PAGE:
“I stand here today knowing that my Howard University education prepared me to play Jackie Robinson, James Brown, Thurgood Marshall, and T'Challa,” said late actor Chadwick Boseman during his 2018 commencement speech at his alma mater.
Boseman, who died August 28 from colon cancer, leaves a legacy of his starring roles in films like 42, Get on Up, Marshall, Black Panther, and soon to be Netflix's upcoming film adaptation of August Wilson’s Ma Rainey’s Black Bottom. Despite being so well-known for his acting, Boseman graduated from Howard’s Department of Theatre Arts in 2000 with a degree in directing and was a Drama League Directing Fellow the same year.
He is one of many of the prominent performing artists who have graduated from a Historically Black College and University (HBCU). Howard University alone boasts Tony winner Phylicia Rashad and her sister Emmy winner Debbie Allen, Tony-nominated orchestrator Harold Wheeler, Amber Iman (Hamilton, Shuffle Along, Soul Doctor), Tracie Thoms (Falsettos, Rent), and Zurin Villanueva (Clueless, The Lion King, Mean Girls) as alumni. Tony winner Anika Noni Rose graduated from Florida A&M University, Tony-winning director Kenny Leon graduated from Clark Atlanta University (formally Clark College), Oscar nominee Samuel L. Jackson and Tony nominee Brian Tyree Henry graduated from Morehouse College, just to name a few.
A HBCU, as defined by the Higher Education Act of 1965, is a “…college or university that was established prior to 1964, whose principal mission was, and is, the education of Black Americans.” According to the U.S. Department of Education's accredited list, there are 101 HBCUs throughout the country, and they note, “HBCUs offer all students, regardless of race, an opportunity to develop their skills and talents.”
For all students, the transition to college requires an adjustment— to a new structure, a new sense of independence, and a new environment. For Black students who attend a predominantly White institution (PWI), they have to juggle all of these changes while navigating the obstacles and pressures of operating under the White gaze.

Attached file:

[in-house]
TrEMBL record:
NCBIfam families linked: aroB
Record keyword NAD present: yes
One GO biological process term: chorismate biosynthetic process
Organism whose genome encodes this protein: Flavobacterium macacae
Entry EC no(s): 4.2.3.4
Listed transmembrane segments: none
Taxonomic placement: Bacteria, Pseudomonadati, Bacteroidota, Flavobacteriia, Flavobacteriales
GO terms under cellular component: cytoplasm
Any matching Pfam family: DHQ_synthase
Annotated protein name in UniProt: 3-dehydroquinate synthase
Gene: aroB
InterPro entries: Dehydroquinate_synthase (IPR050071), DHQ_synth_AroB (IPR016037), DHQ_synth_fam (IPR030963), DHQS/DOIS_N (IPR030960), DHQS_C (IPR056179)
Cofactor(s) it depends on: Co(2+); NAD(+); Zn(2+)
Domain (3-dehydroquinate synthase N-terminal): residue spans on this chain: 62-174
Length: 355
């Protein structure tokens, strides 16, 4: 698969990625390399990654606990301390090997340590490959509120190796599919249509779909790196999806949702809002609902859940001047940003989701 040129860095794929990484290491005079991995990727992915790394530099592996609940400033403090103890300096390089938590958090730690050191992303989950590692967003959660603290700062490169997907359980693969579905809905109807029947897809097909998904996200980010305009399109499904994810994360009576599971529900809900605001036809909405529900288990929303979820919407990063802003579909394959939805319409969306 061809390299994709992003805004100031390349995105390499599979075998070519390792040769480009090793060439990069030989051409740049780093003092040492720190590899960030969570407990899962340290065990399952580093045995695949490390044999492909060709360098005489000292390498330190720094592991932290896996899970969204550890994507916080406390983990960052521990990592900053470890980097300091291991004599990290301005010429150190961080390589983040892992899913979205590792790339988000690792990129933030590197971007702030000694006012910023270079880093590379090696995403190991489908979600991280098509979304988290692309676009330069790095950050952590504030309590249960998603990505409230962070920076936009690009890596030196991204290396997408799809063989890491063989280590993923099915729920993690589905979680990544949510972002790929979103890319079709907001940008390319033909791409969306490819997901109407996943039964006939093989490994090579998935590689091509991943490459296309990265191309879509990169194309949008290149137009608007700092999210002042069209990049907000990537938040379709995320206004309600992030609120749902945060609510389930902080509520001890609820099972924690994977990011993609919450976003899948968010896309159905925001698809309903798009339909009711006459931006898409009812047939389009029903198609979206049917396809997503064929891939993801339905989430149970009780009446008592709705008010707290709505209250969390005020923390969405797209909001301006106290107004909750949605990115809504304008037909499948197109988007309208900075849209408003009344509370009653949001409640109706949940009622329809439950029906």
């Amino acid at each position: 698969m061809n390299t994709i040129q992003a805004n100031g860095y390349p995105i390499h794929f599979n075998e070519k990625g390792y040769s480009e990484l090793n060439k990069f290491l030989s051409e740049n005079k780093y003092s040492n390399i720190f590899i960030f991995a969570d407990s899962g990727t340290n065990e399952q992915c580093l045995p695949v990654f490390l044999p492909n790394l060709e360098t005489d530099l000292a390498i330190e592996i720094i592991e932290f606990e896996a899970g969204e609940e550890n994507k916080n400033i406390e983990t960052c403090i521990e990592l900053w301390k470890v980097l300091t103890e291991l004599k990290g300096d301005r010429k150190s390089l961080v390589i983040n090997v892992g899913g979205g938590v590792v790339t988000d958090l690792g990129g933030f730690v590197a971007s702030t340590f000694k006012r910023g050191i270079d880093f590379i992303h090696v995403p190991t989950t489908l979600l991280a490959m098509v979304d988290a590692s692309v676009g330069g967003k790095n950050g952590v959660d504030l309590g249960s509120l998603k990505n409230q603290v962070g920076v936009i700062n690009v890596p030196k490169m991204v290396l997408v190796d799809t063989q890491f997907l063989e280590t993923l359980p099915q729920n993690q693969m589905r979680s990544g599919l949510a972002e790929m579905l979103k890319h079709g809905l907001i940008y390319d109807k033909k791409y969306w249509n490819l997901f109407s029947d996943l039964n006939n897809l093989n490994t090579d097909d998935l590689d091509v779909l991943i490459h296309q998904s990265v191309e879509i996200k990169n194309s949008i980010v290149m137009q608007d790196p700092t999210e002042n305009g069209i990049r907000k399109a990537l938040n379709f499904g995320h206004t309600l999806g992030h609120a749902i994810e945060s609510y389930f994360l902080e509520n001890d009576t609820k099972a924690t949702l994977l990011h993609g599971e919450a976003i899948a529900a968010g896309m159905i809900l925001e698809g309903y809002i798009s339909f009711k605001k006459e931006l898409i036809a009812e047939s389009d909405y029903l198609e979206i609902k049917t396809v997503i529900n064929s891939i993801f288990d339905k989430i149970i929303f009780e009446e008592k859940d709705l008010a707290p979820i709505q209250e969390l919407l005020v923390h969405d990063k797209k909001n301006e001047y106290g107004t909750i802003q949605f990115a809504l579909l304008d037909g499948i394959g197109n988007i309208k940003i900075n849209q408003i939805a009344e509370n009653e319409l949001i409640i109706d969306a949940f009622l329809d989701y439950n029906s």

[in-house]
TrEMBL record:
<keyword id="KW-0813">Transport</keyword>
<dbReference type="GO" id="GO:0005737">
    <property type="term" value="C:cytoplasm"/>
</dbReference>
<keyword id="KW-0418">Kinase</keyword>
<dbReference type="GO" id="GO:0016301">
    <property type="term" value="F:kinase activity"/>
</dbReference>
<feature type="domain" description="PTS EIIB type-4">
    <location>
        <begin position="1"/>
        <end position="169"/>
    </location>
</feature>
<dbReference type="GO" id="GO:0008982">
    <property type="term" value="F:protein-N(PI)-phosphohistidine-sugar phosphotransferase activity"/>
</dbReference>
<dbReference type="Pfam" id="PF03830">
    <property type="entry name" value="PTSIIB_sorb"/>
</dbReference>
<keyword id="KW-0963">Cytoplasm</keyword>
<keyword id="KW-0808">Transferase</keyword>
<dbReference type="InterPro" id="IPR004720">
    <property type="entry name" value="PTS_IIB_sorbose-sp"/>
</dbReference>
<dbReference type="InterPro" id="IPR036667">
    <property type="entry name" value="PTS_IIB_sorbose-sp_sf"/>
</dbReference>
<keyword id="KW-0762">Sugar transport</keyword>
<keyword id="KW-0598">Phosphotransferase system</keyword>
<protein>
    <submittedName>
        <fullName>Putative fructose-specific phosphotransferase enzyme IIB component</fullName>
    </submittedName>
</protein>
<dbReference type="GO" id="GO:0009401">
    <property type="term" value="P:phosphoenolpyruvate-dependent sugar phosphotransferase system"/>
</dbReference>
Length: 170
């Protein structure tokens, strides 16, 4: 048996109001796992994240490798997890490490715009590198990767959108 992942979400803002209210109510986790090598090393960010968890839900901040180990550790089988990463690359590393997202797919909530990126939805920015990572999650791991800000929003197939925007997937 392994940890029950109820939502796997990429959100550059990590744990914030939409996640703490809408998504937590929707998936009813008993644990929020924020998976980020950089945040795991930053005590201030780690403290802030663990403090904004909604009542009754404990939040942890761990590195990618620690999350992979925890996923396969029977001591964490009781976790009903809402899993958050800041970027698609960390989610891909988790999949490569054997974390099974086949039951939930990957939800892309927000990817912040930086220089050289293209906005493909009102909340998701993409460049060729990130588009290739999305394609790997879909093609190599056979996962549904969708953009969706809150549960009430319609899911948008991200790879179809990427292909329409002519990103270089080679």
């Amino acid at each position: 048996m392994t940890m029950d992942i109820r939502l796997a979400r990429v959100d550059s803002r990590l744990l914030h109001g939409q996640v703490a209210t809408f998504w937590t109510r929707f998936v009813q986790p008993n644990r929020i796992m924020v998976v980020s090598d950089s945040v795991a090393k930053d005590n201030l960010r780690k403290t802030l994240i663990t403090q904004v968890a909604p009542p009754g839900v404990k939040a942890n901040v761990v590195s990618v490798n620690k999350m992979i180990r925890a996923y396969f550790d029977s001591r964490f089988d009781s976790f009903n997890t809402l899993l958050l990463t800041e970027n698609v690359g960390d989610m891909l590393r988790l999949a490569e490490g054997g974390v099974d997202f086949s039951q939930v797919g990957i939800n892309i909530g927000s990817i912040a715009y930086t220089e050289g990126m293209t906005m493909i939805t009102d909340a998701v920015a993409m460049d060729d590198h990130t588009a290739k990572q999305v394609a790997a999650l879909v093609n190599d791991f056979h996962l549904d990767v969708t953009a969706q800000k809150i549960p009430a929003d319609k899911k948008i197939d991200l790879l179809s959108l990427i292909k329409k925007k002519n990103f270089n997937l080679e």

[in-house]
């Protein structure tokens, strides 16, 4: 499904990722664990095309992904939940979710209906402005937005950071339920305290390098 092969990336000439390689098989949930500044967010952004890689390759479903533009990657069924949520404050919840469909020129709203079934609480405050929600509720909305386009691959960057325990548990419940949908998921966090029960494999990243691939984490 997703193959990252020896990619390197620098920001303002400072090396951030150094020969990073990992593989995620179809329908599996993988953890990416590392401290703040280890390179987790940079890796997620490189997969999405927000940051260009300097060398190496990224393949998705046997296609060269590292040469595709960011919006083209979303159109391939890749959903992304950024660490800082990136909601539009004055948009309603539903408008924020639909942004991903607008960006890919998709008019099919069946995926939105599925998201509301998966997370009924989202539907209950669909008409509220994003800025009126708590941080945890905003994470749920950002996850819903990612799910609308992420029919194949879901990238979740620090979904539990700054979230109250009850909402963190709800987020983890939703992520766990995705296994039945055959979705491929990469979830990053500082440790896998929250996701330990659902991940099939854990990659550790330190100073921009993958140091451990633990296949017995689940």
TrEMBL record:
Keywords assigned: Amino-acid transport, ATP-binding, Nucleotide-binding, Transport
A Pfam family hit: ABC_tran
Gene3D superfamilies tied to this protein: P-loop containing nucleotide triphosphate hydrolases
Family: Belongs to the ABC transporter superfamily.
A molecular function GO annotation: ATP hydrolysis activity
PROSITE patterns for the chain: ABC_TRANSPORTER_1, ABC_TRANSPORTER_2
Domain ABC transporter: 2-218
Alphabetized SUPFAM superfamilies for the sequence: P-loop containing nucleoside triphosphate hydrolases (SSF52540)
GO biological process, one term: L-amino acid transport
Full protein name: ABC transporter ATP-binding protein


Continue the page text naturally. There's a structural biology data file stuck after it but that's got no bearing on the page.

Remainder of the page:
“There are too many stories told by [Black students who graduated from PWIs] who say they spent their last four years playing trees…they were always secondary in the conversation and not even considered when the seasons were developed,” says Eric Ruffin, an associate professor and co-coordinator of the acting program at Howard University. “…They found themselves competing to stand out and become that ‘special Negro’…they’ve spent four years of erasing who they are, operating from that double consciousness…they don’t know who they are.”
At Howard, authenticity and individuality is paramount—‘Black’ isn’t a qualifier or a prefix. “‘Black’ is off the table,” says Howard University alum Zurin Villanueva. “You’re not the ‘Black actor,’ the ‘Black ingenue,’ the ‘Black Sutton Foster,’ I’m just Zurin! That is a radical feeling.”
That liberation from a White standard begins during the audition process. “Be you, honey! Own the room...I know whether or not I want to watch you when you walk in the room,” says Anedra Small, an assistant professor and the recruitment coordinator at Florida A&M University (FAMU). Villanueva remembers each auditonee singing one by one in the room at her Howard audition, but there wasn’t a feeling of competitiveness nor rigidity that she felt during other college auditions—in fact, it was one of community and hyping each other up.
Marty Austin Lamar, who is a FAMU alumni and now a full-time lecturer and the musical theatre BFA coordinator at Howard, says when it comes to auditions, “We’re all very aware of limitations in our communities…It is our job before we make a decision to say ‘no,’ [to] find out some background and backstory. How long have you been studying? We often hear ‘I’ve never taken a dance class, I’ve never taken a singing class, I’ve never had an acting class.’ It’s then my responsibility to try and give you some tools, try to begin to build your toolbox—whether you’re accepted or not—so that you can leave with more than what you came with, even in the audition setting. That is what you will find at a HBCU.”